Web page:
1 of 2


frowned; frowning; frowns

intransitive verb

: to contract the brow in displeasure or concentration
frowned in anger
: to give evidence of displeasure or disapproval by or as if by facial expression
critics frown on the idea

transitive verb

: to show displeasure with or disapproval of especially by facial expression
I will be neither frowned nor ridiculed into errorNoah Webster
frowner noun
frowningly adverb


2 of 2


: an expression of displeasure
: a wrinkling of the brow in displeasure or concentration
frowny adjective informal
a frowny face

Example Sentences

Verb She was frowning when she entered the room, so I knew that she was annoyed about something. the boss just stood there and frowned at his assistant who, once again, was in trouble Noun it was clear from the frown on the CEO's face that sales were headed in the wrong direction
Recent Examples on the Web
In the second bit, Ortega flips her Wednesday character’s frown upside down and gives the camera some double espresso high school pep squad energy, which again totally confuses Yang. Gil Kaufman, Billboard, 10 Mar. 2023 For here is that frown, those beetle brows, that coarse wavy hair tied into a bun like challah bread, that pugnacious nose, that stare of implacability designed to bore a hole in its beholder. Owen Gleiberman, Variety, 20 Feb. 2023 While the glaceirs of ignorance icily frown, This soveriegn rule warms, like a thick iederdown. Richard Lederer, San Diego Union-Tribune, 5 Sep. 2020 The city has set up a bilingual support center for survivors tailored to multiple cultures, but Wong worried that some immigrants, particularly older ones, frown upon seeking mental health care, which some view as taboo. Meena Venkataramanan, Washington Post, 25 Jan. 2023 In the NCAA Tournament, everyone can dance, even if the school might frown upon it. Dan Wolken, USA TODAY, 22 Mar. 2021 Forget the hand-waving complaining about broken modern societies: For the most part, humans adhere to social norms and frown on others who break them. Ed Yong, Discover Magazine, 27 Aug. 2012 Unsurprisingly, most Americans frown upon antisocial behavior. Andrew J. Hawkins, The Verge, 31 Jan. 2023 Amazon's closure of AmazonSmile adds to a growing list of reasons for people to frown recently. Scharon Harding, Ars Technica, 19 Jan. 2023
There was not a frown in sight as onlookers lined Madison Avenue and Halstead to see the creative costumes and gave willing pups a well-deserved pat on the head. cleveland, 17 Oct. 2021 Research also shows that dogs and horses prefer a smile to a frown. Mark Barna, Discover Magazine, 28 Aug. 2018 Their caption was accompanied by a yellow emoji face sporting a skewed frown. Emily Sweeney,, 10 Feb. 2023 Shauna might carry herself with an air of dreary dissatisfaction, her face defaulting to a purse-lipped frown when no one else is around. Angie Han, The Hollywood Reporter, 21 June 2022 Then my mother’s worry stops all play And, as if in its rightful place, My father’s frown divides my face. Margalit Fox, New York Times, 9 Jan. 2023 Whilst thus screaming their eyes are firmly closed, so that the skin round them is wrinkled and the forehead contracted into a frown. Kat Mcgowan, Discover Magazine, 29 Feb. 2012 Facial expressions also play a role in conveying emotion, which explains all the mascara and blush because judges need to distinguish a smile from a frown from 30 feet away. Los Angeles Times, 10 Nov. 2022 They were surrounded by a dozen identical plaster busts, made by Vira, of a man with a weak chin, stern frown, and fanatically staring eyes. George Packer, The Atlantic, 6 Sep. 2022 See More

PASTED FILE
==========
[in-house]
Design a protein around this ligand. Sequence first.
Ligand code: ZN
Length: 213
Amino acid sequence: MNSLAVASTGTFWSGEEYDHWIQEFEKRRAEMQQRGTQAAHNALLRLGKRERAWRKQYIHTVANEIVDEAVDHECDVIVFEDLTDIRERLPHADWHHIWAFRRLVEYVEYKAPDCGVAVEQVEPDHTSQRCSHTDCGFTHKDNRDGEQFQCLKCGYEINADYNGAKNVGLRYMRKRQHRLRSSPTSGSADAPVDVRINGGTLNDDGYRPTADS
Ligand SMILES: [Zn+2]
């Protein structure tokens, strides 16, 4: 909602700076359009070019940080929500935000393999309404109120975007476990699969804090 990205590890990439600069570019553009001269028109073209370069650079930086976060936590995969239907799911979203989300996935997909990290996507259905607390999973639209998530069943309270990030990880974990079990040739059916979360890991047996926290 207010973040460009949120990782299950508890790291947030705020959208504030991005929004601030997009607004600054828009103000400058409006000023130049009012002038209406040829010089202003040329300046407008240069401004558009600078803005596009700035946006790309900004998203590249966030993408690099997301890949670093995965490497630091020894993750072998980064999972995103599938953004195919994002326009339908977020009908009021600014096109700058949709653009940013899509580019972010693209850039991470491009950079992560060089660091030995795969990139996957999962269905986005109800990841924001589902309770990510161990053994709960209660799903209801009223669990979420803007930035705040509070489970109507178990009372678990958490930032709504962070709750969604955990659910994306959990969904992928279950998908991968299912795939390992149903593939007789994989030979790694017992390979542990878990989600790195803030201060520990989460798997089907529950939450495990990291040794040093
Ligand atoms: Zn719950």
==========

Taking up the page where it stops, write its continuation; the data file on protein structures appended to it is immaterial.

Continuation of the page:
These example sentences are selected automatically from various online news sources to reflect current usage of the word 'frown.' Views expressed in the examples do not represent the opinion of Merriam-Webster or its editors. Send us feedback.

Word History


Verb and Noun

Middle English frounen, from Middle French frogner to snort, frown, of Celtic origin; akin to Welsh ffroen nostril, Old Irish srón nose

First Known Use


14th century, in the meaning defined at intransitive sense 1


1581, in the meaning defined at sense 1

Time Traveler
The first known use of frown was in the 14th century

Dictionary Entries Near frown

Cite this Entry

“Frown.” Dictionary, Merriam-Webster, Accessed 27 Mar. 2023.

Kids Definition


1 of 2 verb
: to wrinkle the forehead (as in anger or thought)
: to show displeasure or disapproval by or as if by facial expression
frowns on rudeness
frowner noun
frowningly adverb


2 of 2 noun
: an expression of displeasure
: a wrinkling of the brow in displeasure or thought

More from Merriam-Webster on frown

Last Updated: - Updated example sentences
Love words? Need even more definitions?

Subscribe to America's largest dictionary and get thousands more definitions and advanced search—ad free!

A Good Old-Fashioned Quiz

Spell It

Hear a word and type it out. How many can you get right?

Solve today's spelling word game by finding as many words as you can with using just 7 letters. Longer words score more points.

Can you make 12 words with 7 letters?